Global leading food and drinks producers are rushing to reduce carbon footprint by tackling one of the hidden culprits of emissions in value chains: fertilizers.
Ahead of disclosure rules for greenhouse emissions throughout supply chains enacted next year, firms including PepsiCo, Heineken and Nestlé have turned to green fertilizer start-ups to help tackle emission levels.
Nitrogen fertiliser is the highest emissions source for most foods. (Photo: iStock)
Crop nutrients are essential for producing half of the world’s food but also contribute significant CO2 emissions. Fertilizers used for agricultural ingredients account for about 15% of total emissions from beer supply chains and 35% to 40% for bread, according to industry experts.
Nitrogen-based fertilizer and farm manure make up 5% of global greenhouse gas emissions, producing 2.6 billion tons of CO2 annually, more than global aviation and shipping combined, according to research published by Nature Food.
Petter Ostbo, chief executive of Atlas Agro, a green fertiliser start-up, said, “Nitrogen fertiliser is the highest emissions source for most foods,” especially for bread and cereal.
Crop nutrients’ emissions should be easy to cut, he said, adding: “The technology exists and is competitive ... All that is needed is for the food producers to become aware and to support.”
Food manufacturers say they recognize the need for change. “We’re the world’s biggest food and beverage company and so if we’re not taking a leading position on this then what hope do the rest have?” said Matt Ryan, spearheading Nestlé UK’s regenerative agriculture efforts.
From January, companies incorporated in the EU will be obliged to report the carbon footprint of their entire supply chains, known as scope 3. The US is also working on similar disclosure rules.
While manufacturing fertilizers produces carbon dioxide, accounting for close to 1.5% of global CO2 emissions, once applied to land, microbes in the soil break down the crop nutrients, producing nitrous oxide, which has a warming effect that is 265 times greater than CO2.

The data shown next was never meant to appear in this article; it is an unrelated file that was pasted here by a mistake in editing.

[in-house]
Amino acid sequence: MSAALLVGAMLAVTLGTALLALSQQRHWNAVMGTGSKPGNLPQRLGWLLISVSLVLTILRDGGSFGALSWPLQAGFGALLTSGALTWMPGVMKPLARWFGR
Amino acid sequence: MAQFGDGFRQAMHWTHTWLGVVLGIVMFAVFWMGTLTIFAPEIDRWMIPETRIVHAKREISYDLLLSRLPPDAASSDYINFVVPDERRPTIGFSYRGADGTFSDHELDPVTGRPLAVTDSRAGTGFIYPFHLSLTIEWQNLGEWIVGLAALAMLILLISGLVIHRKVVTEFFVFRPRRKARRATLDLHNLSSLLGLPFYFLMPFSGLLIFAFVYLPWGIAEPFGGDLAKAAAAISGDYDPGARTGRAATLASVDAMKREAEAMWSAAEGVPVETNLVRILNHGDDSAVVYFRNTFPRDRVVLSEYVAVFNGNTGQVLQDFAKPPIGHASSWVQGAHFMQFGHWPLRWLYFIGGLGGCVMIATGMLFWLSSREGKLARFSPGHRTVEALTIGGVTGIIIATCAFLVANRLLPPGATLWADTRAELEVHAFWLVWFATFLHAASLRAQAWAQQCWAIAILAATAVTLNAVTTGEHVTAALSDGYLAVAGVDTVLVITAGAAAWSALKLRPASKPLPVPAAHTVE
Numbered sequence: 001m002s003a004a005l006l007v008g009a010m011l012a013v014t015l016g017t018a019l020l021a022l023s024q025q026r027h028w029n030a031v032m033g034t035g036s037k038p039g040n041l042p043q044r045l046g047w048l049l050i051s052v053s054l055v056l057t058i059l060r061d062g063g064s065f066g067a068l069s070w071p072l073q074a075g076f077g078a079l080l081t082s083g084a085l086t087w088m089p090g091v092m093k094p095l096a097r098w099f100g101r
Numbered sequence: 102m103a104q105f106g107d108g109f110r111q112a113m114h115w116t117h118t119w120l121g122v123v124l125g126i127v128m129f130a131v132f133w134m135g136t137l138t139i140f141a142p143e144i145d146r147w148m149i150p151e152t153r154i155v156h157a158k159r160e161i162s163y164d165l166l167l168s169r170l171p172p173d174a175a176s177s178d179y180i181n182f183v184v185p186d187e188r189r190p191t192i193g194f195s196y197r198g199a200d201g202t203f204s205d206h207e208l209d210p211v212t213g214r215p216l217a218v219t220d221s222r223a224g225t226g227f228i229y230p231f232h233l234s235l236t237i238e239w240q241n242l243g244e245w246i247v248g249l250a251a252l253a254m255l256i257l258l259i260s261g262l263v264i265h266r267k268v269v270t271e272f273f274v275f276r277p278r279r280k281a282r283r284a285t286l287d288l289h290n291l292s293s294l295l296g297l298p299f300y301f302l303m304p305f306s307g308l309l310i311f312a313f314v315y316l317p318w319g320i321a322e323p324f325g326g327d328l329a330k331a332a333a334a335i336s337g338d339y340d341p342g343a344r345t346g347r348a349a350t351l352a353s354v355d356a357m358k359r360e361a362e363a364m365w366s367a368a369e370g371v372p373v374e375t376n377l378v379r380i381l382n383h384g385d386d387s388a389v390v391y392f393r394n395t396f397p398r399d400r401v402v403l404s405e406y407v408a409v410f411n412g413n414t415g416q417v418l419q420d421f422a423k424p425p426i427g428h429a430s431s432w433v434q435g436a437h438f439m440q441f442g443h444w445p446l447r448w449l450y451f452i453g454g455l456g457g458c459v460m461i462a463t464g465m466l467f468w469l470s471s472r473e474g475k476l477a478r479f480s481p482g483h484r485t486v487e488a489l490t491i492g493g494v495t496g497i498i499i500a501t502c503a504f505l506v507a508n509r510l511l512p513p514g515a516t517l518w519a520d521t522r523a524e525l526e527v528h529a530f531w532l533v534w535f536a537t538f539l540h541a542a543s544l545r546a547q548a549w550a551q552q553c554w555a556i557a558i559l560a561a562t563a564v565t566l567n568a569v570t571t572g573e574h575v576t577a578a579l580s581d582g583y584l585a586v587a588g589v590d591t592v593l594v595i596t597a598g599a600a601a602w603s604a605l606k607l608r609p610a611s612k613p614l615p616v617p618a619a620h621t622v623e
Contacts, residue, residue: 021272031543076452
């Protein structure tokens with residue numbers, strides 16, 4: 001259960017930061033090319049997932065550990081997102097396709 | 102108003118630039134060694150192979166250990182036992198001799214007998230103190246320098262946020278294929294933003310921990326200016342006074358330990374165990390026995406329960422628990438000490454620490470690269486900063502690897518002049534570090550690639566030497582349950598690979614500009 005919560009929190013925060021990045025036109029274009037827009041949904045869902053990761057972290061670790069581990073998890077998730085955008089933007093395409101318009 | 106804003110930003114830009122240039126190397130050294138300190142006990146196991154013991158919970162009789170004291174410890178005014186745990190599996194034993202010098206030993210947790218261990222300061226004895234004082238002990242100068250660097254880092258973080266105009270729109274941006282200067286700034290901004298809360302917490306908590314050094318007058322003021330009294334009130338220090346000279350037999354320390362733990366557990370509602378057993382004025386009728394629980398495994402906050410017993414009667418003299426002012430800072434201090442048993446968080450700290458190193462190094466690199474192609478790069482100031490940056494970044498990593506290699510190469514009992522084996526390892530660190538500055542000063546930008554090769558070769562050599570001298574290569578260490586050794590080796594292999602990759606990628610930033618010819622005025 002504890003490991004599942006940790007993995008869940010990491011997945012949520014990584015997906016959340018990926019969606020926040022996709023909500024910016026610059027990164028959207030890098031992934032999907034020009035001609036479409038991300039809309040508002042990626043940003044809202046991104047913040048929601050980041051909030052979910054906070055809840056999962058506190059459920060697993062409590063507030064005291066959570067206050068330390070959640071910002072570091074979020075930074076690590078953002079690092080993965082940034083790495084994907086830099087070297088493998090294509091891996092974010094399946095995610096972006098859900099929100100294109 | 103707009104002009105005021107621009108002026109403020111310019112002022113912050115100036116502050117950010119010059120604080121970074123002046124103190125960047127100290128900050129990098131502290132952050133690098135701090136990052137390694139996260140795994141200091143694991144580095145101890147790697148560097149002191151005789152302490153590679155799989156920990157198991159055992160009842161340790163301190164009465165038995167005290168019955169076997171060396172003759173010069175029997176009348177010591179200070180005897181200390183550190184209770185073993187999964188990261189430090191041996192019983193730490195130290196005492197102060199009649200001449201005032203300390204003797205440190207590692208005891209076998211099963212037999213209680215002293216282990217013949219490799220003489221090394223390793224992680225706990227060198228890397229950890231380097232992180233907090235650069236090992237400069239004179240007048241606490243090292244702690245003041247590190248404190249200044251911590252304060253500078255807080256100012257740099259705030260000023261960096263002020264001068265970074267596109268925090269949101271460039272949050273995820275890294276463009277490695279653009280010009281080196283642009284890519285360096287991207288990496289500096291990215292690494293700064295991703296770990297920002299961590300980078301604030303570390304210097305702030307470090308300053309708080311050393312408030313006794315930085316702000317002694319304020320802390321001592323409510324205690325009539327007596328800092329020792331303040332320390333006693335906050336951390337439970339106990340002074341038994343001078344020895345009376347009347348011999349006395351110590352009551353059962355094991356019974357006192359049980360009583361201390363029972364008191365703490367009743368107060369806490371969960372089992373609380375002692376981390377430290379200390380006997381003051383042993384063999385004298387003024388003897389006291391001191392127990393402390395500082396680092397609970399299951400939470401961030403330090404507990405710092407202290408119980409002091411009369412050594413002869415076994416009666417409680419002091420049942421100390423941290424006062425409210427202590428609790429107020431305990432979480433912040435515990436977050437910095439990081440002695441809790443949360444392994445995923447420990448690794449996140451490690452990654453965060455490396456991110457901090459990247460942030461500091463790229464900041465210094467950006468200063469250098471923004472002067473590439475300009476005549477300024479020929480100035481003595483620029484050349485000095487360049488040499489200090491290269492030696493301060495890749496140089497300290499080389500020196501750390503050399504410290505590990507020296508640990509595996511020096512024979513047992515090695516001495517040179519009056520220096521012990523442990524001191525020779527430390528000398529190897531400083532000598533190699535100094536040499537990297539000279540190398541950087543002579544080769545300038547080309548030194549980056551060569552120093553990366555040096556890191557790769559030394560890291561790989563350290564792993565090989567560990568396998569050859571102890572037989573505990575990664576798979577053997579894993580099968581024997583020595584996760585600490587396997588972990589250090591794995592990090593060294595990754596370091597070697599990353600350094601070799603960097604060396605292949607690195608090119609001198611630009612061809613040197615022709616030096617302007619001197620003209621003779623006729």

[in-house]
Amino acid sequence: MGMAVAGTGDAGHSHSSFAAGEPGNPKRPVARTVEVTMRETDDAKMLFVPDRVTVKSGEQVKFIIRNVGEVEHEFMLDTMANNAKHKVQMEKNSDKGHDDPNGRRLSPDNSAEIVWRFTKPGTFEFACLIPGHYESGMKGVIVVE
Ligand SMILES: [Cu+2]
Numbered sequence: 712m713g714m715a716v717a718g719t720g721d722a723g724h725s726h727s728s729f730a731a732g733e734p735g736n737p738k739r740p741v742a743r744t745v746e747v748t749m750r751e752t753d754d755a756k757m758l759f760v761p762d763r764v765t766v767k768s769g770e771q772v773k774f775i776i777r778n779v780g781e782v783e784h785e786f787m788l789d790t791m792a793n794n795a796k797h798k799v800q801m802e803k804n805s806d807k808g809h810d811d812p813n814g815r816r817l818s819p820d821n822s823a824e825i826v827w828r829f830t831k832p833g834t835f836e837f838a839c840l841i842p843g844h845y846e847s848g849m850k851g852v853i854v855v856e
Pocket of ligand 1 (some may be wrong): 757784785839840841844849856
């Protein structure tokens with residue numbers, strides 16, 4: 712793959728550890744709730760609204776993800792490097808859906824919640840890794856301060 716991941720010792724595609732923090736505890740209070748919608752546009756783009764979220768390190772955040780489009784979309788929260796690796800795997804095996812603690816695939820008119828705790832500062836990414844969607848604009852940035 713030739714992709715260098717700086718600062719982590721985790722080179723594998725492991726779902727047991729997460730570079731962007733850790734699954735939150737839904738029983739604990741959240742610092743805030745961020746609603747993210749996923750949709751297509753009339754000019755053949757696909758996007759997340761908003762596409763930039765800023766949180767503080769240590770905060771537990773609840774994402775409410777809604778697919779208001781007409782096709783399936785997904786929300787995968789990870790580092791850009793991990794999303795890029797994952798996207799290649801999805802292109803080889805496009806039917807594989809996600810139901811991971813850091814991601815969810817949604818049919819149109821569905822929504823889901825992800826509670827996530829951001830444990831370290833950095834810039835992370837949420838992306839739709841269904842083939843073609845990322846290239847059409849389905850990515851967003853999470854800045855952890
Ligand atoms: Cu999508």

Faced with regulatory changes, the industry and its partners have stepped up efforts to produce lower carbon ammonia and practices that improve nitrogen use efficiency. CCm Technologies is among the start-ups benefiting from rising interest in green fertilizers.
The firm mixes CO2 captured from industrial activities with organic materials, including sludge from sewage plants and byproducts from food factories, to make crop nutrients. It recently partnered with Nestlé and Cargill, using cocoa shells from a confectionery site in York where the agricultural trader processes cocoa for Nestlé products like KitKats. The lower-carbon fertilizer produced is then used on 120 arable farms in Nestle’s supply chain in Suffolk and Northamptonshire.
CCm Technologies has developed an innovative method of producing sustainable fertilizers from captured carbon dioxide. (Photo: CCm Technologies)
For crops like wheat, fertilizers account for half of the total emissions produced, said Ryan. There is “a double opportunity here” to reduce waste and cut scope 3 emissions, he said.
CCm’s fertilizer manufacturing process, which has been certified by the Carbon Trust, will help cut emissions by at least 70%. The company also plans to triple production in the next few years and expand into Europe.
In alcoholic beverages, the pursuit of a low-carbon beer has led Heineken to be one of investors supporting fertilizer group FertigHy. The start-up plans to start construction on its first plant in Spain in 2025 and aims to operate two plants, each producing 1 million tons of low-carbon fertilizer annually from 2029.
According to the company, to reach its goal of net zero by 2040, the brewer needed a supply of low-carbon fertilizer. Heineken invested in FertigHy because although “the industry was taking ‘steps’” to reduce emissions, they were “not accelerated”.
Tesco is also working with low-carbon fertilizer makers, including several start-ups such as CCm. The retailer said that after initial field trials produced vegetables including lettuces, carrots and potatoes with a 50% reduction in emissions levels, from 2024 it would increase the trial area tenfold to 13,000 hectares.
(Photo: CCm Technologies)
Although investments into low-carbon fertilizer start-ups received a boost from the surge in traditional crop nutrient prices, alternative products remain expensive partly due to the small quantities produced.
Alzbeta Klein, head of the International Fertilizer Association, said that “none of these new technologies have been scaled up yet”. “The door is open to each and every solution.”
A transition to low-carbon crop nutrients required government support, believe some executives. InVivo’s Edouard Piens said regulations on scope 3 emissions were necessary but not sufficient and government subsidies were needed to close the price gap between traditional fertilizers and low-carbon alternatives, currently about $200 per ton.
The low-carbon market was so small today that it barely existed, said José Antonio de las Heras, FertigHy chief executive. “Very expensive and very limited”, adding that change across the industry was happening “very slowly”.
Prices would fall as volumes increase, but for this to happen, food groups needed to collaborate, said Nestle’s Ryan. “We’re never the only buyer for a farmer,” he said, adding that Nestlé would be interested in creating a low-carbon fertilizer production hub in the UK with PepsiCo.